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Apr
13
awarded  Popular Question
Apr
12
awarded  Nice Question
Apr
12
reviewed Approve What is the next perfect square of the form 14444… in decimal notation?
Apr
12
accepted What is the next perfect square of the form 14444… in decimal notation?
Apr
12
comment What is the next perfect square of the form 14444… in decimal notation?
@ADG: Your code wouldn't detect a perfect square even if it existed, since it relies on a floating-point data type.
Apr
12
comment What is the next perfect square of the form 14444… in decimal notation?
@GerryMyerson: Hmm, that is true. I forgot to think about it that way.
Apr
12
revised What is the next perfect square of the form 14444… in decimal notation?
added 4 characters in body
Apr
12
comment What is the next perfect square of the form 14444… in decimal notation?
Oh, yes, I suppose I did.
Apr
12
asked What is the next perfect square of the form 14444… in decimal notation?
Apr
3
comment Unusual 5th grade problem, how to solve it
Yeah, I restructured my site a bit and the code disappeared. I'll put it up on pastebin or something.
Mar
21
comment Partial derivative with respect to $y$ of $(y/x)$?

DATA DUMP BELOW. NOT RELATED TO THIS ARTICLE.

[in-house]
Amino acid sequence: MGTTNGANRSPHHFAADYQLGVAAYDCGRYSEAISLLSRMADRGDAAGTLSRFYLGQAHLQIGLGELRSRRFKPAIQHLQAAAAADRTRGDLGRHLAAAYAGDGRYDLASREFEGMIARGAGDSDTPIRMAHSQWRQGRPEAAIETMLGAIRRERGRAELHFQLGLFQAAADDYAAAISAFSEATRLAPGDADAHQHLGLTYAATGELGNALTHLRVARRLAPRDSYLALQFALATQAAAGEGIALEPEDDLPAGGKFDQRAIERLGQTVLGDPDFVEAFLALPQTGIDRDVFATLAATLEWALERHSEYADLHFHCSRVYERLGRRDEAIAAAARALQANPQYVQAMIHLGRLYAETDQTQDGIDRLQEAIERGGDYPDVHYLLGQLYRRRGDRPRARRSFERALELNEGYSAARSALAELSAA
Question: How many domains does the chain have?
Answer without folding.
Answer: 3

For $\Delta$, use capital D in the $\LaTeX$ symbol "delta".
Feb
24
comment Can a disconnected set be simply connected?
So I had to take this course again the following term, and the professor teaching it that time gave us the same question, but this time the set that was not connected was indeed not simply connected either.
Feb
9
awarded  Notable Question
Feb
9
awarded  Yearling
Jan
30
comment What's a proof that the angles of a triangle add up to 180°?
Also, I think it'll be equal to $2\pi$ if the clsoed curve doesn't intersect itself?
Dec
19
awarded  Popular Question
Dec
16
awarded  Caucus
Dec
1
awarded  Famous Question
Nov
29
comment I can't grasp how these events are independent?
Reread my answer, and then answer the question: "Given that B has happened, is the probability of $A$ happening any different than the probability of $A$ happening in general?" If $B$ has happened, then we're no longer looking at the entire set $S$ to figure out whether $A$ has happened, only the 5 elements in $B$. So the probability becomes 2 out of 5, rather than 2 out of 10. You can't just compare raw set sizes; probability is always a ratio.
Nov
29
comment I can't grasp how these events are independent?
Probably because conditional probability isn't part of your intuition yet. It takes a bit of time to learn.